If your garden is at all like mine, it has likely passed one “peak of perfection” (perfection being a relative concept, meaning different things to each gardener) and is now in a bit of a holding pattern, thanks to the heat. The next peak of perfection is building, with its arrival expected when the gardener is on vacation in another location!
You can help the next peak look even better than the previous one with a bit of pruning right now. Roses are perhaps the biggest beneficiaries of the pruners, removing the spent blossoms of the previous flush of blooms in such a way that it allows another set of buds to form quickly. Do this by cutting at a point down the stem below the spent blossoms where a set of five, not three, leaflets come off the stem. This location should be at a spot where the new growth will be directed out away from the centre of the bush. Don’t forget to fertilize with a good rose food after pruning to promote healthy growth and new flowers.
You’ll get far more bloom out of flowering shrubs like spirea and potentilla if you prune lightly to remove the finished flower heads. Most varieties will respond quickly with fresh new growth, and another full set of blooms to take you into the autumn.
Shrubs that flowered earlier in spring like forsythia, Weigela, philadelphus and spring-blooming viburnum can be still be pruned now, if you didn’t do so right after they finished flowering. You might find less bloom on them next year however, because they won’t have as much time to generate new flowering wood for next spring.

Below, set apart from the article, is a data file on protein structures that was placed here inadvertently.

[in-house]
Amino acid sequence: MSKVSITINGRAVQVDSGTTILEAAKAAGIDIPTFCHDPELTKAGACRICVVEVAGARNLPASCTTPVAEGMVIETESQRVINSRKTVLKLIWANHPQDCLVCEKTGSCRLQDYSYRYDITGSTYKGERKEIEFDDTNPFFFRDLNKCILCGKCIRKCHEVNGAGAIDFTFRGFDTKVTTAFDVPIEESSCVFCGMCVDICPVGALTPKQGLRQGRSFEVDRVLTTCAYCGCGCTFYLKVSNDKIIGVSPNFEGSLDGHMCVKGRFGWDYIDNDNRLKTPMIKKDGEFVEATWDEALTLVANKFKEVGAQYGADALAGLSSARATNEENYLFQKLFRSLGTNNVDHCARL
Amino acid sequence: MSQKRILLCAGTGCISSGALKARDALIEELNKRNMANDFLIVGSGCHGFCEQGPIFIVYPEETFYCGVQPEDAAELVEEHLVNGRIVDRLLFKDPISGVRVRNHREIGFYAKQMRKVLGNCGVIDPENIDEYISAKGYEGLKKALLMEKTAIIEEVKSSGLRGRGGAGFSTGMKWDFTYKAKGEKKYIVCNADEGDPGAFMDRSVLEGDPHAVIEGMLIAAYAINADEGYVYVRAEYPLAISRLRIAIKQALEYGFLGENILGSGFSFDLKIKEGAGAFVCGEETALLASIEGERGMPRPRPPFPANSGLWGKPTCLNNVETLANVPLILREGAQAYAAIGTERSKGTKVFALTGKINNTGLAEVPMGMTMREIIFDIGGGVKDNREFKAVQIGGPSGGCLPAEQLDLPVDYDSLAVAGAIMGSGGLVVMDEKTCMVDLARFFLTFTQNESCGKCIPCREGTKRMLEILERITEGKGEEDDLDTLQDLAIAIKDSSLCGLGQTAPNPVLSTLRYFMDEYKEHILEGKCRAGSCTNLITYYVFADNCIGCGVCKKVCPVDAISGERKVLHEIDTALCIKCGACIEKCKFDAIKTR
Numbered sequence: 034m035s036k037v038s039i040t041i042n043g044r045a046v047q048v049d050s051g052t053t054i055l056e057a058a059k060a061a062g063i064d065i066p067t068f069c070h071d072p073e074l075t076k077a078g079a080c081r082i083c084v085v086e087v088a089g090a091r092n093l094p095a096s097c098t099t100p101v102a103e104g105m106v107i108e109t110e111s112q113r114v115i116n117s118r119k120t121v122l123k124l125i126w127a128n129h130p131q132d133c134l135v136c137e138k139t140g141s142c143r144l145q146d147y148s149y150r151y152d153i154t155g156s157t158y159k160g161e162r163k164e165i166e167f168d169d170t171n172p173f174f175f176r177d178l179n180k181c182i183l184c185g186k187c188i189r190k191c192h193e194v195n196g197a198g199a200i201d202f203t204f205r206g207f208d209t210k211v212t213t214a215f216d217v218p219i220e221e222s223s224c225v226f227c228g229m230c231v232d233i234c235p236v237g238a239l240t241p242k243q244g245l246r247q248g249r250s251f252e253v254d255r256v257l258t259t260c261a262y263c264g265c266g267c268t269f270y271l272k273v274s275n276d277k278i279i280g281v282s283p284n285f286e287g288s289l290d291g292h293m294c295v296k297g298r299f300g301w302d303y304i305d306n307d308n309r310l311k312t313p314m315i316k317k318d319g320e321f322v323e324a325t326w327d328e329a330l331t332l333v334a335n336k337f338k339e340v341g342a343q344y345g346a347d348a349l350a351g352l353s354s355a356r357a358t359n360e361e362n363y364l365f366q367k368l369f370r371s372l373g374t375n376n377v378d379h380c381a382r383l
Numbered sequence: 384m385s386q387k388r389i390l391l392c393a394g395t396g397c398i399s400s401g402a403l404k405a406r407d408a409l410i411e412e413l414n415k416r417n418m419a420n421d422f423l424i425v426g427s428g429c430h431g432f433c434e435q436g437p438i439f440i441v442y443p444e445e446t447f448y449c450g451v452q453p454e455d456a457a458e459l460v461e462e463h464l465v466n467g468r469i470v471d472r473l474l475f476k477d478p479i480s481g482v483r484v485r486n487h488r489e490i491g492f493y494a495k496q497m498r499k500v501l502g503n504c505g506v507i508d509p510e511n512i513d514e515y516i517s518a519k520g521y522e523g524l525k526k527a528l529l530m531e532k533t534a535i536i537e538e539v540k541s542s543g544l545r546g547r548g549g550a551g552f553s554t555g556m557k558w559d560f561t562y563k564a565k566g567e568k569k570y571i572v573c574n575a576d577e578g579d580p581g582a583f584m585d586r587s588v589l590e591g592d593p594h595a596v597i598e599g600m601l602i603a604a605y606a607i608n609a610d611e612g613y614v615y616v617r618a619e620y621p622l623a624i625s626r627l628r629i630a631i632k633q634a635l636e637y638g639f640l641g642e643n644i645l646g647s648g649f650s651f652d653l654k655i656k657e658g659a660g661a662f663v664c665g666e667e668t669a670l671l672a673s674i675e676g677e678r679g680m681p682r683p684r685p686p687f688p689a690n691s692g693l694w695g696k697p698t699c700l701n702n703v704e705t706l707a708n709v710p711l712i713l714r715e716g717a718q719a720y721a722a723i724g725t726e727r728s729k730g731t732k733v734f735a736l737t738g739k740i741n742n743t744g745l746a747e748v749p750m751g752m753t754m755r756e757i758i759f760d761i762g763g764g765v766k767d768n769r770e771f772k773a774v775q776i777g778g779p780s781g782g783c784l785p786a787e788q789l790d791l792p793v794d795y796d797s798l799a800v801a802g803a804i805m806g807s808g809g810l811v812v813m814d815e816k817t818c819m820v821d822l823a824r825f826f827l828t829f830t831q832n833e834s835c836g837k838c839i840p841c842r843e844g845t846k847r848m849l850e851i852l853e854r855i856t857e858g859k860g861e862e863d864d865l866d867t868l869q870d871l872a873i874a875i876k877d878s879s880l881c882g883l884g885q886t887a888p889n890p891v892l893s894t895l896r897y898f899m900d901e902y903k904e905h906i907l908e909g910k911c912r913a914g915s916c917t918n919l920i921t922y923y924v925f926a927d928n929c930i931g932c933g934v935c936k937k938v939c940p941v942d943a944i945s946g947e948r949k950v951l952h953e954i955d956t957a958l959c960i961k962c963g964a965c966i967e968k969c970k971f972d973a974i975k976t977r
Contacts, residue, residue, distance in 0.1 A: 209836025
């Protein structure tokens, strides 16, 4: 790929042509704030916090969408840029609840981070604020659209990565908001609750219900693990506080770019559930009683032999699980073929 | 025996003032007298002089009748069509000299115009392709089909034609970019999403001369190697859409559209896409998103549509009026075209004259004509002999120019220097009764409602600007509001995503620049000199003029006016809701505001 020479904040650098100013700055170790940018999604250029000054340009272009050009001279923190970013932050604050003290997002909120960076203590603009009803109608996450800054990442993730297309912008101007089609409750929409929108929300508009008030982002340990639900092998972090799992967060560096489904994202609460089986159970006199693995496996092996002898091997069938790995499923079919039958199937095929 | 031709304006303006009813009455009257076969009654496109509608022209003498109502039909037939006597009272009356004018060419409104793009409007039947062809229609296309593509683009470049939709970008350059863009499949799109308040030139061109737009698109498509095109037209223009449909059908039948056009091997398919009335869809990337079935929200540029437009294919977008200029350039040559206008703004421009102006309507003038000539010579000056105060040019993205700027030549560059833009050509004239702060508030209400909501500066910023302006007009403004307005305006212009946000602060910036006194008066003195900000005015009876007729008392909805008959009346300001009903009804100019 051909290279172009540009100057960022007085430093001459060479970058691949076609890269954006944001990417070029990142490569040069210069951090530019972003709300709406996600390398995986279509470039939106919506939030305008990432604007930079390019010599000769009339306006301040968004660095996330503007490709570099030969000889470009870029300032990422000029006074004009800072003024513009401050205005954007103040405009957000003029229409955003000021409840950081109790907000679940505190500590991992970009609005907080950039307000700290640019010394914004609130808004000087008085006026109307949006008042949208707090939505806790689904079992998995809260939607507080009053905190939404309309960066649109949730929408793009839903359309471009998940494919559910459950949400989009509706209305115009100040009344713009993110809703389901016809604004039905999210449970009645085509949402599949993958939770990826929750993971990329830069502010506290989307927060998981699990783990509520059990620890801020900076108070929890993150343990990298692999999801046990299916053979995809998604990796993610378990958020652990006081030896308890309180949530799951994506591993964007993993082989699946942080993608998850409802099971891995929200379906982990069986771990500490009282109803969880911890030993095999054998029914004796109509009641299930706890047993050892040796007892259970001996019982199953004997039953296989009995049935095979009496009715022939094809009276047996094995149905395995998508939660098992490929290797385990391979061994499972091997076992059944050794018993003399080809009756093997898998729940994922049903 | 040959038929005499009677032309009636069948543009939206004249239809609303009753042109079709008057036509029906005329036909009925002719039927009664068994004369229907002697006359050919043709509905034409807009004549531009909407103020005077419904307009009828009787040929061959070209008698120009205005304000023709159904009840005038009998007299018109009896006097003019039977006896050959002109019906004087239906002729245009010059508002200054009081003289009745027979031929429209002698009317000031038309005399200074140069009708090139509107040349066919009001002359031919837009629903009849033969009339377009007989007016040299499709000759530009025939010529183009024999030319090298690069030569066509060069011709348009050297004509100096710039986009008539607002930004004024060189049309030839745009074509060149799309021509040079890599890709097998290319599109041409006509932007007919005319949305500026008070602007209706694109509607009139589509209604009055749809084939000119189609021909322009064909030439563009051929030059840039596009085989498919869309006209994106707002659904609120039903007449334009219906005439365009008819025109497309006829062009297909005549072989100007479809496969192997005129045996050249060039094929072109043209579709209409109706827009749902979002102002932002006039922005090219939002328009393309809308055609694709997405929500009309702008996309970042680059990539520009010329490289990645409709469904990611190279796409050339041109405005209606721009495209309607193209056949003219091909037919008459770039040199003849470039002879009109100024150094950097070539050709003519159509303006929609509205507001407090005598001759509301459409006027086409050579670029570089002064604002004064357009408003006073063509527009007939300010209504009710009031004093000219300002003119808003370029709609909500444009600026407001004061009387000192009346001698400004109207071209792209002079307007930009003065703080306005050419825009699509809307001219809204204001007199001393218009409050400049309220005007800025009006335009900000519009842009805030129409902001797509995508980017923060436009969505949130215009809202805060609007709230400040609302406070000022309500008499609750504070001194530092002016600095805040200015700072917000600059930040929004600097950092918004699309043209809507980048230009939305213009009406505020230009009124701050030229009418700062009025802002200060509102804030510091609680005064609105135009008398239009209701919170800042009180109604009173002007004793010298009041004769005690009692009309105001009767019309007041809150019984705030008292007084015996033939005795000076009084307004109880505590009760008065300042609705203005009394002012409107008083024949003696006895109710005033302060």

Some gardeners with grapes like to remove some of the foliage in summer to allow more sunlight to flow into the centre and help to ripen the fruit. It also helps to promote air circulation through the plants, reducing the risk of mildew. Also, don’t forget to remove the canes from summer bearing raspberries after the harvest is complete. Fortunately this does not have to be done right away, because pruning thorny raspberries on a hot summer day is not an experience anyone enjoys.
It’s a bit late to prune evergreen hedges, and shrubs like juniper, mugo pines and other ornamental conifers, because they won’t have much of an opportunity to recover from the pruning cuts before they begin to enter dormancy later in the fall. Make a note to do it earlier in the summer next year.
Finally, don’t forget the all-important task of deadheading; removing spent blooms from annuals and perennials. In the case of annuals deadheading is vital because it prevents the plants from setting seed and shutting down the blooming for the season. With many perennials, especially the newer varieties that have been introduced in recent years, pruning usually encourages another flush of bloom later in the season, which is something every hard-working gardener deserves.
At some point you’ll be able to clean the accumulated sap off the blades of your pruners, spray some WD-40 on them and put them away for the winter. We’re not there yet however, so keep them handy as you make your daily stroll through your garden.